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Abdullah, Ghani lead in partial Afghan vote tally

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Rahmat Gul / AP

Afghan election workers counts ballots at an Independent Election Commission office in Kabul Afghanistan, Sunday, April 13, 2014. Partial results released Sunday in Afghanistan’s crucial presidential election show a tight race between ex-foreign minister Abdullah Abdullah, with 41.9 percent of the vote, and former finance minister Ashraf Ghani, with 37.6 percent.

KABUL, Afghanistan — Two clear front-runners emerged in Afghanistan's presidential election as partial results released Sunday showed a tight race that increasingly appears destined for a runoff vote.

Both candidates promise a fresh start with the West, vowing to sign a security pact with the United States that has been rejected by President Hamid Karzai, but their fierce rivalry has raised the possibility of divisive campaigning in what so far has been a relatively peaceful vote.

With 10 percent of the ballots counted, Abdullah Abdullah, who was Karzai's main rival in his fraud-marred re-election in 2009, had 41.9 percent of the vote. Ashraf Ghani Ahmadzai, a former finance minister and World Bank official, followed with 37.6 percent. Zalmai Rassoul, another former foreign minister widely considered as Karzai's pick, was a distant third with 9.8 percent.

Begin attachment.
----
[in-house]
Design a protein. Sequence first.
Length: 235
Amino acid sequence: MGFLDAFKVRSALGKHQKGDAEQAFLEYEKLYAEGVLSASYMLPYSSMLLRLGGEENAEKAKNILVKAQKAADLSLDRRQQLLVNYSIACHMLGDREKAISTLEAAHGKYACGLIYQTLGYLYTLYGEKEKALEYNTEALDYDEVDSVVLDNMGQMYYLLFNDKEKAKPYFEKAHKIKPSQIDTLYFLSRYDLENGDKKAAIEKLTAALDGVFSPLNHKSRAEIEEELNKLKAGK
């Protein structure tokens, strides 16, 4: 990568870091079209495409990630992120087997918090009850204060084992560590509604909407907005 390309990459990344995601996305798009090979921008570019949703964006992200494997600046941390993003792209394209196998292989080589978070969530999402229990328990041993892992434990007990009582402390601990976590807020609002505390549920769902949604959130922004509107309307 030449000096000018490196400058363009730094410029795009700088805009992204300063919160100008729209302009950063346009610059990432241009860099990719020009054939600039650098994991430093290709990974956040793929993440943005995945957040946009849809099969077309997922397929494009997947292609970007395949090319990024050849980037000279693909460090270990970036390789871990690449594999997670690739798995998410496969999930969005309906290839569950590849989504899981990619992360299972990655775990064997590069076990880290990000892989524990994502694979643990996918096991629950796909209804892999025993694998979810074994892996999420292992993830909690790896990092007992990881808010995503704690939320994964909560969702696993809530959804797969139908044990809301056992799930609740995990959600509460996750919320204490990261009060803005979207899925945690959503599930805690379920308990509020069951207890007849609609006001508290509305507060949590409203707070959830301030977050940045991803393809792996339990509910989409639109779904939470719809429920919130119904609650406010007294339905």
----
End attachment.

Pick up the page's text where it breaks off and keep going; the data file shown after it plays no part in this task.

Karzai himself was constitutionally barred from seeking a third term.

Officials cautioned the vote count could change as full preliminary results won't be due until April 24, but the early numbers suggest none of the eight candidates likely will get the outright majority needed to avoid a runoff.

Shortly after officials announced the results, Abdullah told The Associated Press he has held talks with Rassoul but it was premature to discuss a possible alliance. The 53 year old said he will seek a unity government if elected, but he only saw one role for Ghani.

"Dr. Ghani could serve as a loyal opposition. That's also a service to the nation," Abdullah said in an interview at his home in Kabul.

Ghani, however, remained confident that he would be in first place at the final tally. He dismissed talk of a political deal to avoid a runoff, saying he would run in a second round if needed.

"We are in a 100-minute game and we've only done 10 minutes," he said. He noted that he and Abdullah are only a little over 21,000 votes apart and millions of votes remain to be counted.

The chairman of the Independent Election Commission, Ahmad Yousuf Nouristani, also said it was too soon to predict the outcome. "Maybe today one candidate looks strong. Tomorrow, maybe another will pull ahead," he said.

Final results are to be declared in mid-May once complaints of fraud are fully investigated.

The man who replaces Karzai, the only president Afghans have known since the U.S.-led invasion ousted the Taliban in 2001, faces a huge task in fighting the insurgents and overseeing the withdrawal of the last foreign combat troops by the end of this year.